About five years ago here in Australia, there was a massive revolution in the shopping malls and food courts of the outer suburbs. At this time, McDonalds was losing its massive, decades long dominance of the fast food market and was forced to completely alter the way it did business after nearly half a century of flipping the same five burgers; fruit, salads and wraps were now on the menu, and all the other pretenders were following suit. Why? Because someone had got onto the idea that whacking fruit, yoghurt, ice and low-fat ice-cream into a blender and dumping the lot into a massive, polystyrene cup was not only healthy, but a brilliant way to make a great, steaming pile of cash.

These smart folks also realised that there was a huge market of young people out there who wanted to be active and healthy, but had no shining beacon other than the Golden Arches to go to for fun. Virtually overnight, the Boost Juice Company came into being and opened their outlets all over the 'burbs. Within them they placed an army of staff who were the happiest, smiliest, most energetic, outgoing, healthy young playthings you've ever seen. I remember not really understanding the attraction one day as I stood, four-deep at the counter trying to buy an OJ, but when I got up to the front and held up a tenner, I remember being bathed in the radiance of four semi-naked young men and women with six-packs and tans throwing cups here and there, juggling fruit and doing cartwheels while my order (rapidly upgraded to a super-sized power fruit shake with extra Boosters and performance-enhancing Wheatgerm SyrupTM), was crushed and blended into a creamy, fluorescent sludge. It was the most brilliant marketing coup of all time, and like every self-proclaimed sexy young person in the country, I fell into step with the hipsters behind the blenders and became addicted to fruity goodness.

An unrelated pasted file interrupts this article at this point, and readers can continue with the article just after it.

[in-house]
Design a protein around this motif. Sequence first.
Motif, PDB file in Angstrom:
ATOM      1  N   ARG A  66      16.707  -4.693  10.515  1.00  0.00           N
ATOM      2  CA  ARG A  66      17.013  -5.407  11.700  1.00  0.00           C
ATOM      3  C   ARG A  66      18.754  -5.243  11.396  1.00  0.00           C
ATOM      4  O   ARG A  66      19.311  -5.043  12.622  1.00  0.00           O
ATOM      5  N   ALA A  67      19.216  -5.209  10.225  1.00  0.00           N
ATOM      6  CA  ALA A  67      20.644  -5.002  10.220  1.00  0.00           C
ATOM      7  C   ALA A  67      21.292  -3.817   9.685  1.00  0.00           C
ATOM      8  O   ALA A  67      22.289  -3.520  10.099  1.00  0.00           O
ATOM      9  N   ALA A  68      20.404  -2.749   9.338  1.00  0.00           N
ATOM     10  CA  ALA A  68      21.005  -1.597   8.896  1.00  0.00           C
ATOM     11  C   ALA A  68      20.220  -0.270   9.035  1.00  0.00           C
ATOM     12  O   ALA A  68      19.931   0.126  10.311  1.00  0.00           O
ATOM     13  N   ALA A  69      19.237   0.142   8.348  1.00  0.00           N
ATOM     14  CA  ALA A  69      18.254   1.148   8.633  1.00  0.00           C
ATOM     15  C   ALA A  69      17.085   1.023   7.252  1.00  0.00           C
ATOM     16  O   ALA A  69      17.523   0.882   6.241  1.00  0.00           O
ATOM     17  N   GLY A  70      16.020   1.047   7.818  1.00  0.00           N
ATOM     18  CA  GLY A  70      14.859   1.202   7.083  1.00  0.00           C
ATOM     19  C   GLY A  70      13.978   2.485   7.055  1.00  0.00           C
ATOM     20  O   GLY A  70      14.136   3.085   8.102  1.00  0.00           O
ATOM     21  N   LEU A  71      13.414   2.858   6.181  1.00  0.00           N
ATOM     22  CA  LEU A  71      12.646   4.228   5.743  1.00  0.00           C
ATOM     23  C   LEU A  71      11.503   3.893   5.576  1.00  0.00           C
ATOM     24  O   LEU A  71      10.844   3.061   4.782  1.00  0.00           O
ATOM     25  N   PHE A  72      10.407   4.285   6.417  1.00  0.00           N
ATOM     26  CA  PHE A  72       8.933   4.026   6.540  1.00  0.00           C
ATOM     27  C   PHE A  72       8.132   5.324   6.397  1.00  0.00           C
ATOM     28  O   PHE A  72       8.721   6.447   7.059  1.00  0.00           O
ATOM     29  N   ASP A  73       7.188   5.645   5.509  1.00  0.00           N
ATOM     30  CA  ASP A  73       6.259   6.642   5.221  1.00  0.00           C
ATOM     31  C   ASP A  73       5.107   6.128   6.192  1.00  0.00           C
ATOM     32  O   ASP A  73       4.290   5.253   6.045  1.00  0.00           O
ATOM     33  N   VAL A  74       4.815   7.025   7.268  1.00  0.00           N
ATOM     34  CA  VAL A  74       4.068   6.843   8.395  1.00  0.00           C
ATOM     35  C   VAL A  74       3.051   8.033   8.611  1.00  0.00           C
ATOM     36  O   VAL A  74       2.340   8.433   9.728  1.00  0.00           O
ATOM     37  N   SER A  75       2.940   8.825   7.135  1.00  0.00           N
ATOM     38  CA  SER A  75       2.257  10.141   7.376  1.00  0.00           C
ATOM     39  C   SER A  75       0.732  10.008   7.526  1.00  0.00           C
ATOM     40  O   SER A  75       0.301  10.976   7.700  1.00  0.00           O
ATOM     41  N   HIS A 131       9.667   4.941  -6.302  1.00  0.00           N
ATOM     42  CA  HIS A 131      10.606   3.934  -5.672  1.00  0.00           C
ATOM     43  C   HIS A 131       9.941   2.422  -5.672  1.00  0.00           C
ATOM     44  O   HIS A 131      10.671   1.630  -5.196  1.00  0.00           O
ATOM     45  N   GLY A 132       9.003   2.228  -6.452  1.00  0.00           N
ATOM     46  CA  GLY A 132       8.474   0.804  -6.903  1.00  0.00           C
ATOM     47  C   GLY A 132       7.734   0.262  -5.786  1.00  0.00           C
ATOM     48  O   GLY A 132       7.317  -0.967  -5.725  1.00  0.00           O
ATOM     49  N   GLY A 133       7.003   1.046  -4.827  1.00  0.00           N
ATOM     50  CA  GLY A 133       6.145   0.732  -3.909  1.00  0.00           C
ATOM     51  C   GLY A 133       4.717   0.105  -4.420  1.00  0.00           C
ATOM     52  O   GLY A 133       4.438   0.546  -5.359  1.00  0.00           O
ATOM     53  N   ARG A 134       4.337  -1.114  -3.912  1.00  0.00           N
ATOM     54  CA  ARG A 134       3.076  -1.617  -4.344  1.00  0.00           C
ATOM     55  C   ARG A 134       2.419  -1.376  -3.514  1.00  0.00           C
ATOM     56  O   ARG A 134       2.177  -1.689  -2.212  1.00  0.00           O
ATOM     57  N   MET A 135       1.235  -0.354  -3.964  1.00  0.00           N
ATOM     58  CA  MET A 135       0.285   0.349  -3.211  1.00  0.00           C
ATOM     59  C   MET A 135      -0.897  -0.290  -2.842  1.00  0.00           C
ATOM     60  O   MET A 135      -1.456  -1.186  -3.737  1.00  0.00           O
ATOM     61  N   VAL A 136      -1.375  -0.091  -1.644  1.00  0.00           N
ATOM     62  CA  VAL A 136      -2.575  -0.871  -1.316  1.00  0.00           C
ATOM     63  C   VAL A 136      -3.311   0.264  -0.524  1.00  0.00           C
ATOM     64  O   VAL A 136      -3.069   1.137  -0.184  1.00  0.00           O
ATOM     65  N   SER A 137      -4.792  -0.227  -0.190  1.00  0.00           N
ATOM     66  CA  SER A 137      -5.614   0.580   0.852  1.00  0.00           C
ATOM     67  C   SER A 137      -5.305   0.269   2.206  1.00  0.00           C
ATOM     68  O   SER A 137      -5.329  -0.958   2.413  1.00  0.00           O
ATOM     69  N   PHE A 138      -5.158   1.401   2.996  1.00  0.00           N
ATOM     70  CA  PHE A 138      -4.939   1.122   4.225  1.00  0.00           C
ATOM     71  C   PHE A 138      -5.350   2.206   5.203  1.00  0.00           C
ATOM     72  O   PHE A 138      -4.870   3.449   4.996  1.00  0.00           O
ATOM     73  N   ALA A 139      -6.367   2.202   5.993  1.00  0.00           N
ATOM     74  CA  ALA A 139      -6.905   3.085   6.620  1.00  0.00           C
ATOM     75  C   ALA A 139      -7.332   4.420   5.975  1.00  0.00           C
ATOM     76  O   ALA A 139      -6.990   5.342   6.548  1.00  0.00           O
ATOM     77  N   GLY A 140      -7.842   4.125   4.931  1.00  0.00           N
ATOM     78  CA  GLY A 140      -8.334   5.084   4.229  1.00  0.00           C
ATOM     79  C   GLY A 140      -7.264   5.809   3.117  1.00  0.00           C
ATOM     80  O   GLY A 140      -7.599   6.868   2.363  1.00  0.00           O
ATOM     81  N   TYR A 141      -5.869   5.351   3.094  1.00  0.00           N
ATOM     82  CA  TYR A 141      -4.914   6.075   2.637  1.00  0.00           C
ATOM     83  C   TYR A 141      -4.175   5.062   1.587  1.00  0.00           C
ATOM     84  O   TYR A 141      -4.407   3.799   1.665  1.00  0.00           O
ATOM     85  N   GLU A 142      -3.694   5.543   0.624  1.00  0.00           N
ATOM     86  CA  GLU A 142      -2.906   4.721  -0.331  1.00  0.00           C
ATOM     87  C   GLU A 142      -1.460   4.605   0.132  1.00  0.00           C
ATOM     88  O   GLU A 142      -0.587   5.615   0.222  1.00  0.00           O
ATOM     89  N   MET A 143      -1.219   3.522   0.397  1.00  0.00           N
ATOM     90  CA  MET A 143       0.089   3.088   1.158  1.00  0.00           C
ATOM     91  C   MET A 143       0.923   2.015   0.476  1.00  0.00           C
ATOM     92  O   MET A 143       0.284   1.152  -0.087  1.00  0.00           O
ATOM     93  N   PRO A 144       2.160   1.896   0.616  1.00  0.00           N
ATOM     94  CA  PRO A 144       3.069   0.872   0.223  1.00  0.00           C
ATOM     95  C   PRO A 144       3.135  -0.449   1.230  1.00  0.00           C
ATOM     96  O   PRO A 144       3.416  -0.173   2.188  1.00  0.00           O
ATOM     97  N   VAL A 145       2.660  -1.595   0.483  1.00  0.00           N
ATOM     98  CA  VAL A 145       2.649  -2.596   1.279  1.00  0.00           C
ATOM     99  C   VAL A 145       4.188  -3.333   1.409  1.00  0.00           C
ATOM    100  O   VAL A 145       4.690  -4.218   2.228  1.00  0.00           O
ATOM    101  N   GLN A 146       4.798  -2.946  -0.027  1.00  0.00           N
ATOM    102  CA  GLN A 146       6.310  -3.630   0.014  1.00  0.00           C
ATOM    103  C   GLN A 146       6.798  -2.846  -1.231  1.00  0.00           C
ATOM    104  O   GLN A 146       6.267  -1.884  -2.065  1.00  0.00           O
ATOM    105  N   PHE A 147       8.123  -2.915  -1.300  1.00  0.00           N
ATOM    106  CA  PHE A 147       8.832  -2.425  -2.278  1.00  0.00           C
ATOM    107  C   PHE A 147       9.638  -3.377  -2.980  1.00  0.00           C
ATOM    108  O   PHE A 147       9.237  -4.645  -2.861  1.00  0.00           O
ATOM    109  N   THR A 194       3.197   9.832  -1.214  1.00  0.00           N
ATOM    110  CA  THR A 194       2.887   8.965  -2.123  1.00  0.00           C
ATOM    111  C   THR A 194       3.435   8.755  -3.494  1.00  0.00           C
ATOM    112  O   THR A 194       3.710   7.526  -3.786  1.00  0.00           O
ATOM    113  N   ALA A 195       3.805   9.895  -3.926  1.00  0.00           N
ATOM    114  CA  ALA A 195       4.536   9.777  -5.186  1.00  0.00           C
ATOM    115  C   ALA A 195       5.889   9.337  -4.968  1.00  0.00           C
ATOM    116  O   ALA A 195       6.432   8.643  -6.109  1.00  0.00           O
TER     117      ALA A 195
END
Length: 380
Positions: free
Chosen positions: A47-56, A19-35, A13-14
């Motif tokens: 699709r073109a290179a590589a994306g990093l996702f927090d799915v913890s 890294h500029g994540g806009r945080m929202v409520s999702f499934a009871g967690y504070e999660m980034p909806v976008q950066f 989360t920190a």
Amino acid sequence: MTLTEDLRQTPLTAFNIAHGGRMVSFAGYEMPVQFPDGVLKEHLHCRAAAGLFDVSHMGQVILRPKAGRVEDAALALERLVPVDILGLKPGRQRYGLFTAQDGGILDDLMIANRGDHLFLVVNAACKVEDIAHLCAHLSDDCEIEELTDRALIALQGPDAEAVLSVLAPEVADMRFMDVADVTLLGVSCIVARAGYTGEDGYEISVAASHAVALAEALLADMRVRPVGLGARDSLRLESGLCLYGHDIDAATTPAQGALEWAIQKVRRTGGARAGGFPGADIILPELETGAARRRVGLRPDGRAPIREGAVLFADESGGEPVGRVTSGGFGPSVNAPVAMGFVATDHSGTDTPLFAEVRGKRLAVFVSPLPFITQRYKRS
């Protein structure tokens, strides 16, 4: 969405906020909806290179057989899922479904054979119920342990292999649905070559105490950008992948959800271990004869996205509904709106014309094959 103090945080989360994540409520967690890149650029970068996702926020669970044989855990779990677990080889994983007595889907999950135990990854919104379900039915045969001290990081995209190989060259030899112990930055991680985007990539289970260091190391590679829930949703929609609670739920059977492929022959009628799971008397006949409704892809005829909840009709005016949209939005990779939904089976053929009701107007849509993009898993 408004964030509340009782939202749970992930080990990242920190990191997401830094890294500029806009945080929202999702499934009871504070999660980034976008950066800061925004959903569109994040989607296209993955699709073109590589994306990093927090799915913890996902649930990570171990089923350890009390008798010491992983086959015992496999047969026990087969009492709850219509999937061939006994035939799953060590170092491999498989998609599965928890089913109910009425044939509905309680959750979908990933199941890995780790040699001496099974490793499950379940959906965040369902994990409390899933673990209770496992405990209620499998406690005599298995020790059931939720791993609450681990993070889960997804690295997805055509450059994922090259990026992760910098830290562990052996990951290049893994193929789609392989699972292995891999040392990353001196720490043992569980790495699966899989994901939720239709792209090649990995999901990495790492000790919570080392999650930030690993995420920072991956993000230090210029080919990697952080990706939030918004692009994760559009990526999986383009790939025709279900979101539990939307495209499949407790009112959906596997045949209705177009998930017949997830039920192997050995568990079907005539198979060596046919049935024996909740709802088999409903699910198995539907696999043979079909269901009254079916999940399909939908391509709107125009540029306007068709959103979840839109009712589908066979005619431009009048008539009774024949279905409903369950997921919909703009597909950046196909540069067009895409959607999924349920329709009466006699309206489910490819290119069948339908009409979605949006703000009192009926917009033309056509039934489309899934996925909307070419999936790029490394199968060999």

As soon as this fast food revolution hit the ground, however, I was off. I took up residence overseas, and I lost touch with the fortunes of the young folk at Boost. But just the other day, feeling a bit sore and sorry for myself at having wound-up back in the big city after so long away, I wandered through the doorway of Boost Juice looking for some sunshine and happiness.